The recent implanting of army officers in the tax body, some of whom were installed as superiors of civilian technical personnel, on the pretext of strengthening internal systems, immediately sparked unease and led to fractured working relations among staff.
“On the outside, URA changed for the better; on the inside, it is another story,” one customs enforcement official noted.
Speaking at the first Emmanuel Mutebile memorial lecture on January 27, President Museveni complained about the corruption in URA and the Finance Ministry—its supervisor. Mr Museveni opined that corruption is contributory to Uganda’s stagnantly low tax-to-GDP ratio.
“I have told them many times, and I have enough evidence to show that there is a lot of under collections,” Mr Museveni said.
The President repeated the same claims after reading the Budget for the 2023/2024 Fiscal Year.
Under collection of taxes, tax avoidance and evasion through nefarious schemes like collusion are some of the daunting challenges that all URA commissioner generals have grappled with.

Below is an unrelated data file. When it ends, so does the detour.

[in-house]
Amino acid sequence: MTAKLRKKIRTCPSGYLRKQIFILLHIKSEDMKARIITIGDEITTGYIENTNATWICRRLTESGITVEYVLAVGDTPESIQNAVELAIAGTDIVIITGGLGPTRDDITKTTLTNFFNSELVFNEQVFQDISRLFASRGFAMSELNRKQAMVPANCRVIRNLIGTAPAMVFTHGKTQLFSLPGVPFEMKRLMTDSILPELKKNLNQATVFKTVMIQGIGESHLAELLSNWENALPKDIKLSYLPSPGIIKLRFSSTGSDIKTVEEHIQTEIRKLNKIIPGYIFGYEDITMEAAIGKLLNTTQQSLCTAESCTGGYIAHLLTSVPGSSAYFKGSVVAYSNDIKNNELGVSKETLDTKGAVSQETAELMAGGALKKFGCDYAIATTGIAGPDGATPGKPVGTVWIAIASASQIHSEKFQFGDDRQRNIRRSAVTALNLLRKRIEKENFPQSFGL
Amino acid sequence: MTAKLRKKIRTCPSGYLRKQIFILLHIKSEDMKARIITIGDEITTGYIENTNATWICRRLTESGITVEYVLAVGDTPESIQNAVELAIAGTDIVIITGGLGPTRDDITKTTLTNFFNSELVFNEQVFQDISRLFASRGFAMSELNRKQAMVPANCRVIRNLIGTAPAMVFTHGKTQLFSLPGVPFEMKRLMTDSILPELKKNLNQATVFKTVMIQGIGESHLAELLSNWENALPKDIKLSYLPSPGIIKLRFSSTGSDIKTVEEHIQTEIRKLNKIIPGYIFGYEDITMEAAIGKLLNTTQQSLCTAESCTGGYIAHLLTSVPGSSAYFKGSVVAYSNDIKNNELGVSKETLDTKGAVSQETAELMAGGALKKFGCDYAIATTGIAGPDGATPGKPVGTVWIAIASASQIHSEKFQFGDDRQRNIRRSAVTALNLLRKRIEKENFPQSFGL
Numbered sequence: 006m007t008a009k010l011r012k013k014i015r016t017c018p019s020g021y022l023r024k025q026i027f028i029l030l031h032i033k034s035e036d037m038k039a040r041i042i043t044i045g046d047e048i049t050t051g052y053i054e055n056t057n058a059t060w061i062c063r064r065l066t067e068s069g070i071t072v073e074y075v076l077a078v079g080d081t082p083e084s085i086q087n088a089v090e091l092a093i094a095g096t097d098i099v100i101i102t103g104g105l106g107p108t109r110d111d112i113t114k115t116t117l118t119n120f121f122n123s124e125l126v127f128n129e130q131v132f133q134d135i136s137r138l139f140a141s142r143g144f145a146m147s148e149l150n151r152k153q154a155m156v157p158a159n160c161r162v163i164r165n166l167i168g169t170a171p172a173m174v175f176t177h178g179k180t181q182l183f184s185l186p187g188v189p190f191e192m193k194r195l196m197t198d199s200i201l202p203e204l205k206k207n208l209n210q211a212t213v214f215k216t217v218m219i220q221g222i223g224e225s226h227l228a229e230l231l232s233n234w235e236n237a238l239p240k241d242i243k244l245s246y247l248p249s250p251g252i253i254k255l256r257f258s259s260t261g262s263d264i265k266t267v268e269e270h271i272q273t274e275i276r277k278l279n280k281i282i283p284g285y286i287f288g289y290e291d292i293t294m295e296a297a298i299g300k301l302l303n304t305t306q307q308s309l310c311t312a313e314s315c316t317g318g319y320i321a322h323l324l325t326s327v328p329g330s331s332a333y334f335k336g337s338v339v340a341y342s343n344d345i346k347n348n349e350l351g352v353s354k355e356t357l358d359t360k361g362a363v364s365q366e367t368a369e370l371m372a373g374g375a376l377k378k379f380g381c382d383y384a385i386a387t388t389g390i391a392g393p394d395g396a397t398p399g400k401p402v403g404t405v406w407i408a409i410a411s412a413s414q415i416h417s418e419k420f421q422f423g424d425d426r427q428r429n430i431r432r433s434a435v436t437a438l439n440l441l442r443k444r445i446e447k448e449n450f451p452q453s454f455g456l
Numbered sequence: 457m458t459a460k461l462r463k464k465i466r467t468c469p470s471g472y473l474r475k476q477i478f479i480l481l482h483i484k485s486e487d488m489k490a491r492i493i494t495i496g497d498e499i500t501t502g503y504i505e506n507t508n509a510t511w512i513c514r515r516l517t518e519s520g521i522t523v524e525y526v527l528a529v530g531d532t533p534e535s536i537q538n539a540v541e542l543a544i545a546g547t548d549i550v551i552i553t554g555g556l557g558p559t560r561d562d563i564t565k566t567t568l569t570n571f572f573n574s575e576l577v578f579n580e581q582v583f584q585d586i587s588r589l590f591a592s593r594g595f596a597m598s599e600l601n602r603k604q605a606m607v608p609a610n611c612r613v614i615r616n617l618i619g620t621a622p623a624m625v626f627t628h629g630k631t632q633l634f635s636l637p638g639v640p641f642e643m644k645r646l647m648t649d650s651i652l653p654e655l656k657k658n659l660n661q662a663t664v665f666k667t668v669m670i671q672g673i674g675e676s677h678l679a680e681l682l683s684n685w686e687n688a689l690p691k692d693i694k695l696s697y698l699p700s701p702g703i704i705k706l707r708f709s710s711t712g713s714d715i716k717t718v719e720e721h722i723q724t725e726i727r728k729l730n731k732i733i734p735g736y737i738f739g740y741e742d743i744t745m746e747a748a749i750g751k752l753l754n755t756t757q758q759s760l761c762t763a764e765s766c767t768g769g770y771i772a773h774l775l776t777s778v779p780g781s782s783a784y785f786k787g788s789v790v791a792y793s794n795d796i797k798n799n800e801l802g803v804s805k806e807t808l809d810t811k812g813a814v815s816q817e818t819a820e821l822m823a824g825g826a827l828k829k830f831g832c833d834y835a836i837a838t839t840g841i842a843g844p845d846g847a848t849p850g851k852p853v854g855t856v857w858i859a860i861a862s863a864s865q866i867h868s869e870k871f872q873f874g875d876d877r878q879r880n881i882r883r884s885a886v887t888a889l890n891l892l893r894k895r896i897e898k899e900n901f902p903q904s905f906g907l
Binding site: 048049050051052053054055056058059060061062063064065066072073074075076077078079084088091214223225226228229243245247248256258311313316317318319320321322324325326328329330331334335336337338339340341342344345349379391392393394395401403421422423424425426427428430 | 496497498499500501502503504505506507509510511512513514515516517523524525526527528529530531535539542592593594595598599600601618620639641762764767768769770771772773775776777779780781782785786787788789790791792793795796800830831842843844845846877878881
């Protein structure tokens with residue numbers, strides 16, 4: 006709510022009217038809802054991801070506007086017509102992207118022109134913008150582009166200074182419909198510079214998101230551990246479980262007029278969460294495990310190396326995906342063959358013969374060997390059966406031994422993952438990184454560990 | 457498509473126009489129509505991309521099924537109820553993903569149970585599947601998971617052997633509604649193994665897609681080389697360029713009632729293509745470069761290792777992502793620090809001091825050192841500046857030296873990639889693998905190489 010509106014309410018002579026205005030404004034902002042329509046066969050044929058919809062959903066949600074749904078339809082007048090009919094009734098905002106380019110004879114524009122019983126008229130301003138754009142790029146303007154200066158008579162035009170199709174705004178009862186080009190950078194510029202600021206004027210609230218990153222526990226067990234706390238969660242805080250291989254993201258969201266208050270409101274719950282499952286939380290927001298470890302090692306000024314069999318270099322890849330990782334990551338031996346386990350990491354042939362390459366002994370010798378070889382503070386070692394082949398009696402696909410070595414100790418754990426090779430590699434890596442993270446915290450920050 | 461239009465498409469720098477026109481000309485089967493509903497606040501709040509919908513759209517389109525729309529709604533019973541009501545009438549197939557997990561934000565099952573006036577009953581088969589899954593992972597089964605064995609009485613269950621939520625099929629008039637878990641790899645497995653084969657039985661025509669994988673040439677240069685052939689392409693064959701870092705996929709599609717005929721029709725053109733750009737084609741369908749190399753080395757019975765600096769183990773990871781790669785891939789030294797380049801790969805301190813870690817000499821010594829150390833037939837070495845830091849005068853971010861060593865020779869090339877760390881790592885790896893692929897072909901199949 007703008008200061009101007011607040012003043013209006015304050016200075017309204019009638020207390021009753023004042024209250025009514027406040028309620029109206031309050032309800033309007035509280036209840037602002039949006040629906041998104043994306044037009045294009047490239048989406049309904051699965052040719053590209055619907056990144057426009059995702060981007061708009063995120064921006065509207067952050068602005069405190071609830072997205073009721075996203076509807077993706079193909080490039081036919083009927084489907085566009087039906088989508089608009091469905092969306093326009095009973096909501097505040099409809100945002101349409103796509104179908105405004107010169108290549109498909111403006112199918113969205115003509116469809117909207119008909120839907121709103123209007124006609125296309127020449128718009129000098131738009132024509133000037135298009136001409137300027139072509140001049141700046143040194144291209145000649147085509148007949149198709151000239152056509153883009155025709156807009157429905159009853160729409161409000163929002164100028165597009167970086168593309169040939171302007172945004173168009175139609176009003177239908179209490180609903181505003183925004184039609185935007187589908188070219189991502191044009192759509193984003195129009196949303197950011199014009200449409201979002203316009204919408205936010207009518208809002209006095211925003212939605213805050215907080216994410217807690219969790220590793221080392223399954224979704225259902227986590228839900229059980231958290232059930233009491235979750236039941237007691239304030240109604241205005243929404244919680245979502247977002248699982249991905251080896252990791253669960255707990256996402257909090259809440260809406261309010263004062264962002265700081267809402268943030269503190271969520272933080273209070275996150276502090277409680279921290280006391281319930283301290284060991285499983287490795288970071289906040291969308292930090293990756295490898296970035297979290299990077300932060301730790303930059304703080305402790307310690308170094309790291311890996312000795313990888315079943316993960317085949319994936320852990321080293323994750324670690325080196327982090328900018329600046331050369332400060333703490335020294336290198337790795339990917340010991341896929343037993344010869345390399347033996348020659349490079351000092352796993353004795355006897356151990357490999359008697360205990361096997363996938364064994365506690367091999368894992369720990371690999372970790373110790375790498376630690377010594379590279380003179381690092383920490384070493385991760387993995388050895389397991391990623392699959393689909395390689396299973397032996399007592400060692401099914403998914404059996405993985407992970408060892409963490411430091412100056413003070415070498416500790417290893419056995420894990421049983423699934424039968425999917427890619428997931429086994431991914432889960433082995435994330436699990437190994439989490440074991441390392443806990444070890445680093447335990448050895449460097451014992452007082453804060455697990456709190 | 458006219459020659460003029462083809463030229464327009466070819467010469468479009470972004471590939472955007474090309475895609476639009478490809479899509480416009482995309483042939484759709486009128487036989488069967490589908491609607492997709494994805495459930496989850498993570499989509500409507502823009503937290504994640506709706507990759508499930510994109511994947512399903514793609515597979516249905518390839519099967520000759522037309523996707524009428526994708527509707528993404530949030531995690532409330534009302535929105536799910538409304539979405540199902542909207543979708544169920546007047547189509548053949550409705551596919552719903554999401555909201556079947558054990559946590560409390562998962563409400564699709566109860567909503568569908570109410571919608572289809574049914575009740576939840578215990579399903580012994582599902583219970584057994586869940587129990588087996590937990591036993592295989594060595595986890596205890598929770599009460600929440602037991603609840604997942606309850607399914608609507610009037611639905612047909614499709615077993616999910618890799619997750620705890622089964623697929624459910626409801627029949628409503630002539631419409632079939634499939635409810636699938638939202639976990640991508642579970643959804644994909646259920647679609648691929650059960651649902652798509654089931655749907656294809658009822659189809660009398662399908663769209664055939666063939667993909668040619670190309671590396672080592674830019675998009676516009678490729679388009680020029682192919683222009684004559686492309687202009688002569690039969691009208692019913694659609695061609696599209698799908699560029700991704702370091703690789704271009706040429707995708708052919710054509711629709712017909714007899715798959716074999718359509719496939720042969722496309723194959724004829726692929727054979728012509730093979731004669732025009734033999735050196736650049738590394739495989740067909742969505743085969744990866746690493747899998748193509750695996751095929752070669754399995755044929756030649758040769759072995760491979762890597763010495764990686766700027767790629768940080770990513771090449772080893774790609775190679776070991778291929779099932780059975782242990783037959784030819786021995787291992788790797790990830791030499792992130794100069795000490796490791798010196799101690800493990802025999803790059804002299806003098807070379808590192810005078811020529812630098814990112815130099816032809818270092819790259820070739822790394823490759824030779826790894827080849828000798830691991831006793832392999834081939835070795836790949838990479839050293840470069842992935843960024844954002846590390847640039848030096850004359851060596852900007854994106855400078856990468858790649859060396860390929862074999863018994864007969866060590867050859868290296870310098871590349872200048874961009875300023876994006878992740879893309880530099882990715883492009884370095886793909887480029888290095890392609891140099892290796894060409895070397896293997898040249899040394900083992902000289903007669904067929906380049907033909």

The latest Auditor General’s report for the financial year ended June 2022 detailed that the under-collection of revenue affects the overall delivery of public services by the government and leads to the escalation of public debt as borrowing increases to close budget funding gaps.
Tax exemptions doled out recklessly and sometimes dubiously haven’t helped matters, as have widespread financial illiteracy and various tax overheads that are choking the life out of small businesses while many big businesses get away with underpayment.
Low tax-to-GDP ratio
URA, the oldest integrated revenue authority in sub-Saharan Africa, was established as a semi-autonomous body to free the tax administration function from the bureaucracy of the mainstream public service and limit direct political interference in day-to-day operations by the Finance ministry.
Today, URA is not faring well in tax collections whilst Uganda’s tax-to-GDP ratio—that’s just under 14 per cent—is among the lowest in the East African Community. The government has been aiming to grow this proportion to at least 20 per cent by both widening the tax base and strengthening tax administration, including employing technologies such as Electronic Fiscal Receipting and Invoicing Solution (Efris), the Digital Tracking Solution (DTS) and the Rental Management System.